The Composition period was a weekly fixture for about six years of my school life. They were meant to encourage creative writing among young students in both English and Hindi, but often their purpose was defeated, due to the lazy selection of topics. The year (especially in the Junior classes) invariably started with “Myself”, a pedantic account of who we were (age, class, physical description, parental occupations) and our interests (with studying being a most ubiquitous hobby). As the year progressed the teacher asked us to write on “Rainy Day” and “I wish I were...”. And then, there was always the Indian calendar, crammed with festivals and national holidays to fall back on. However, I am quite sure Janmashtami never came up in all of those six years. Pity, since it was always my favourite festival (okay no, but it did come right behind Holi).
The fun started the night before, where we (a gaggle of ten 10-12 year old girls) would get together to strategise about our jhanki- a static representation of the scene of Lord Krishna’s kidnapping by his evil uncle. And his subsequent rescue by someone else. I am still a little sketchy on the details to be honest. The meeting would involve taking stock of all the toys we could get to decorate the scene, besides the indispensable baby Krishna and his Uncle. People would volunteer to get earthen dolls, generally hand-painted to look like men and women from the Indian countryside, though sometimes an American Barbie would also make her presence felt. I am certain one year, someone said that they had a miniature version of a hand-pump that we could use. We agreed. Mostly though, we tried to be historically accurate (more than some younger children, at any rate, who were not even shy of placing a car or two in the background). There were other bells and whistles too-if an old shoebox were available, we would fashion out a cradle (a reliable crowd puller) out of that.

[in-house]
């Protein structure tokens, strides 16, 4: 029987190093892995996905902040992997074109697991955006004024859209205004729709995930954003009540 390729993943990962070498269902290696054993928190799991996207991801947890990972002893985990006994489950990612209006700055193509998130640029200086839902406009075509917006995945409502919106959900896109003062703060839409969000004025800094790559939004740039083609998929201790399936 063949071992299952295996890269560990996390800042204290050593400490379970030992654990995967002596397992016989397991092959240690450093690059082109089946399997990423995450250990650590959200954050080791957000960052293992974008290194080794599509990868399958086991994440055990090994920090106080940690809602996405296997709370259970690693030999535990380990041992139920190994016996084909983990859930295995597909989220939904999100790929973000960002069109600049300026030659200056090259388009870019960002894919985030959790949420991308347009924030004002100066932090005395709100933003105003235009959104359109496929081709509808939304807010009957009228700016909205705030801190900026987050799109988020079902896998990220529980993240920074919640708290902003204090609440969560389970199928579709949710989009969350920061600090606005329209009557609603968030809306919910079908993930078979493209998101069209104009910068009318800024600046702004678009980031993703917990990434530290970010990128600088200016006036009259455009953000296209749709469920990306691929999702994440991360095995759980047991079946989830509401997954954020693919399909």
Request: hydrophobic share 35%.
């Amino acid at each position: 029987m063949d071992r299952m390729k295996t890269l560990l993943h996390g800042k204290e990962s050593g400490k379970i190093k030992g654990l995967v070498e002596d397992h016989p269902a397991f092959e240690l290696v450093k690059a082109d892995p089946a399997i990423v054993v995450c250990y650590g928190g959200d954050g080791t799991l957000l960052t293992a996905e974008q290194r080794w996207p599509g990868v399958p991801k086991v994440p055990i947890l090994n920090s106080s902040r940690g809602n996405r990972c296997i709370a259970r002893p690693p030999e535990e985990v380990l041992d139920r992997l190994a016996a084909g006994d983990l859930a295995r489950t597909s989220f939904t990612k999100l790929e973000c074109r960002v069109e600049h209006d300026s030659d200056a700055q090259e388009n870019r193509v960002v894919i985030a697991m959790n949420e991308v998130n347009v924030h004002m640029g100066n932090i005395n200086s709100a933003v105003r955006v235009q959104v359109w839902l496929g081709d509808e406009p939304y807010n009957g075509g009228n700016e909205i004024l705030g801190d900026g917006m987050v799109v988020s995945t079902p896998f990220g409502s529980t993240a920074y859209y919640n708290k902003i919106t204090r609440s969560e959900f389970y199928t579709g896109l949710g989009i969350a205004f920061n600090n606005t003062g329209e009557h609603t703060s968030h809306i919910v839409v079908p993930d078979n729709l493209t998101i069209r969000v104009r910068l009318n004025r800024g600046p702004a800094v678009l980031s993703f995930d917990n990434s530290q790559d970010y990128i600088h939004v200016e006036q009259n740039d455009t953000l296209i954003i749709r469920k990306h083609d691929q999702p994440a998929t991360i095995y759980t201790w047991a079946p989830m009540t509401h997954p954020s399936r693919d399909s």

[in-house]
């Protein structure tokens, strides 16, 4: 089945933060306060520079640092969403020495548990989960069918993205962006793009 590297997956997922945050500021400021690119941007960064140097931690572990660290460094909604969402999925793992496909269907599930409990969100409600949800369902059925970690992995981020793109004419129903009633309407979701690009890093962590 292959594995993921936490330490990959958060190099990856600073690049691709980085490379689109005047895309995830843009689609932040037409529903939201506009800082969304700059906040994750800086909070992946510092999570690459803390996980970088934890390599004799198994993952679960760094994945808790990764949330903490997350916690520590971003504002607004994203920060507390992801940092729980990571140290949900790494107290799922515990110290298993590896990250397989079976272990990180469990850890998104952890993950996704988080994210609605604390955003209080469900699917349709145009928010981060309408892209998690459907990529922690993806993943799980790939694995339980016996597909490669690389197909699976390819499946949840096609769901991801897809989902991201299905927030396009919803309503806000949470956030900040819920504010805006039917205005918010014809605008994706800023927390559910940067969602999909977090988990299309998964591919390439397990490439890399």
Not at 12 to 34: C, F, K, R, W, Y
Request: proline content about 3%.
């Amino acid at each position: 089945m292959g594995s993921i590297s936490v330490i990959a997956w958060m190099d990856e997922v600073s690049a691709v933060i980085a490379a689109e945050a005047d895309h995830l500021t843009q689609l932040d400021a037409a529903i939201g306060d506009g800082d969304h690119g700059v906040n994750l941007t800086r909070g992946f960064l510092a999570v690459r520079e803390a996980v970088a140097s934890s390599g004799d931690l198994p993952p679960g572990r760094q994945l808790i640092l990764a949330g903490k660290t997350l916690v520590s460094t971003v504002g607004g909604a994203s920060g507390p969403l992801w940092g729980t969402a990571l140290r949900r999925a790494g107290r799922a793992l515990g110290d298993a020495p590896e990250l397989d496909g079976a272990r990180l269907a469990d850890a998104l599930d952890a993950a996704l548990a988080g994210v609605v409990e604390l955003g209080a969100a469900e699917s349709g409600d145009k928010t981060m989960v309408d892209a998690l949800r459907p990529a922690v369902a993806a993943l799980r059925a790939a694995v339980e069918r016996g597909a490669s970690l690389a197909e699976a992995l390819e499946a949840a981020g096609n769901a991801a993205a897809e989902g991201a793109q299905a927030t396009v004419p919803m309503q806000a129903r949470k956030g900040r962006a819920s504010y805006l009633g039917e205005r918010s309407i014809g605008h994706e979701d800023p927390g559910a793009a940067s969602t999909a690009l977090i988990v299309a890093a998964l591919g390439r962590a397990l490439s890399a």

The evenings required sprucing up for the Puja, mainly conducted by one or two of those people in the group who knew a few devotional songs. The less spiritually inclined amongst us would stand at the back and mumble the words through, mind strongly focussed on the wonderful prasad that Akanksha’s mother would rustle up every year. That, and the afore-mentioned cradle were extremely important to bring in the crowds, as well as their donations. My favourite bit, then, was when we counted all the money, inflated it by a certain amount and then made public to the rest of the groups. Since this creative accounting was quite popular among everybody, it didn’t matter much in deciding who the ‘winner’ was. There was a lot of preening involved if we won, but even if we didn’t, it never mattered. We distributed it amongst ourselves (with the exception of one year, I am regularly reminded), and then spent in on ice creams, while recounting the fun we had had during the day. I would promise at the end of the night that I would be the first person down, the next year. Someone would let out a disbelieving snort and raucous laughter would resume.